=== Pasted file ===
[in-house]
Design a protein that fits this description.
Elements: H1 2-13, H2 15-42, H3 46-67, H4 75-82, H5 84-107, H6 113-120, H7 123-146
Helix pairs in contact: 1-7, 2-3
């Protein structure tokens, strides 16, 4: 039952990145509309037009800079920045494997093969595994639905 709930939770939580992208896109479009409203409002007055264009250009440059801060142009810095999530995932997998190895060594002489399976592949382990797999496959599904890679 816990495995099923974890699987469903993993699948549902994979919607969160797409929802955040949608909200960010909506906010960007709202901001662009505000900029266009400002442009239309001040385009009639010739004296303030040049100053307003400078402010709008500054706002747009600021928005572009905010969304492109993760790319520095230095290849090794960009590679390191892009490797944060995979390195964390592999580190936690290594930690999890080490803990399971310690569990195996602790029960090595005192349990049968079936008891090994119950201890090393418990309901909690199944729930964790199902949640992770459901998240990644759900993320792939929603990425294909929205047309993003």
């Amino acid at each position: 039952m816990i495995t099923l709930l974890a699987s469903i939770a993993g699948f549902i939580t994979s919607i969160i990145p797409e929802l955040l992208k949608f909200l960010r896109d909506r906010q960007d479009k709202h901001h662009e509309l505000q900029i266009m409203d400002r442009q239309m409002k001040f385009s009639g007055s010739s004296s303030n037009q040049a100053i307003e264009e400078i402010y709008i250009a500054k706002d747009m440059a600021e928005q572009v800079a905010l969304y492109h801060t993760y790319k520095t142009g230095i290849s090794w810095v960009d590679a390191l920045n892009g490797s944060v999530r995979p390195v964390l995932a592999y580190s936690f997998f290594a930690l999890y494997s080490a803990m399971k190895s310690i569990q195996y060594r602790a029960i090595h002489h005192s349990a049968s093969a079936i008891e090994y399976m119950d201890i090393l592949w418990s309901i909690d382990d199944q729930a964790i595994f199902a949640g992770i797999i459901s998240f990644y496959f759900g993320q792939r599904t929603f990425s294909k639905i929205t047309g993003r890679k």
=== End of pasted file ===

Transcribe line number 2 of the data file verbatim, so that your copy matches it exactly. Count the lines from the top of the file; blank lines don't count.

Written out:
Design a protein that fits this description.